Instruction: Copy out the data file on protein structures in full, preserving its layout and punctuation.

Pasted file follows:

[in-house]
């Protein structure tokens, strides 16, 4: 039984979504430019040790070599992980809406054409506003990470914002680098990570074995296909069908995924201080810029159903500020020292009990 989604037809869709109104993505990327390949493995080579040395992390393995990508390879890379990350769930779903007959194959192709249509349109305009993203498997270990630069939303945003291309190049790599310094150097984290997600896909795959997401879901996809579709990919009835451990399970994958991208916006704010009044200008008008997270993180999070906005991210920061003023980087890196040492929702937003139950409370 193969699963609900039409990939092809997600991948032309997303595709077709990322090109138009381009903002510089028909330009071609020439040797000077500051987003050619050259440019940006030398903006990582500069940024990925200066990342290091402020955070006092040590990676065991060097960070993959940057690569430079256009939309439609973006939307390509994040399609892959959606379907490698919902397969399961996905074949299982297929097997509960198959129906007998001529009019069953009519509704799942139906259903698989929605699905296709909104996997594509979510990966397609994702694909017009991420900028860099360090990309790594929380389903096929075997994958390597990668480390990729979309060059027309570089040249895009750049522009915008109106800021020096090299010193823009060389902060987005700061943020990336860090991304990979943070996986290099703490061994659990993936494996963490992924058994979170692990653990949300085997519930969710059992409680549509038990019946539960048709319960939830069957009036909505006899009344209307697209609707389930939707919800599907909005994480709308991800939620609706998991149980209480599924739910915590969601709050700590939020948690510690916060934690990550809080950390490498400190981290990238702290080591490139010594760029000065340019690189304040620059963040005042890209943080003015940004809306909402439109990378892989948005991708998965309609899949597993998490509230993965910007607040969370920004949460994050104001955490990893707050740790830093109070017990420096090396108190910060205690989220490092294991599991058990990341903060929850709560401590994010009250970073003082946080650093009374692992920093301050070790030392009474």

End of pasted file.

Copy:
[in-house]
């Protein structure tokens, strides 16, 4: 039984979504430019040790070599992980809406054409506003990470914002680098990570074995296909069908995924201080810029159903500020020292009990 989604037809869709109104993505990327390949493995080579040395992390393995990508390879890379990350769930779903007959194959192709249509349109305009993203498997270990630069939303945003291309190049790599310094150097984290997600896909795959997401879901996809579709990919009835451990399970994958991208916006704010009044200008008008997270993180999070906005991210920061003023980087890196040492929702937003139950409370 193969699963609900039409990939092809997600991948032309997303595709077709990322090109138009381009903002510089028909330009071609020439040797000077500051987003050619050259440019940006030398903006990582500069940024990925200066990342290091402020955070006092040590990676065991060097960070993959940057690569430079256009939309439609973006939307390509994040399609892959959606379907490698919902397969399961996905074949299982297929097997509960198959129906007998001529009019069953009519509704799942139906259903698989929605699905296709909104996997594509979510990966397609994702694909017009991420900028860099360090990309790594929380389903096929075997994958390597990668480390990729979309060059027309570089040249895009750049522009915008109106800021020096090299010193823009060389902060987005700061943020990336860090991304990979943070996986290099703490061994659990993936494996963490992924058994979170692990653990949300085997519930969710059992409680549509038990019946539960048709319960939830069957009036909505006899009344209307697209609707389930939707919800599907909005994480709308991800939620609706998991149980209480599924739910915590969601709050700590939020948690510690916060934690990550809080950390490498400190981290990238702290080591490139010594760029000065340019690189304040620059963040005042890209943080003015940004809306909402439109990378892989948005991708998965309609899949597993998490509230993965910007607040969370920004949460994050104001955490990893707050740790830093109070017990420096090396108190910060205690989220490092294991599991058990990341903060929850709560401590994010009250970073003082946080650093009374692992920093301050070790030392009474």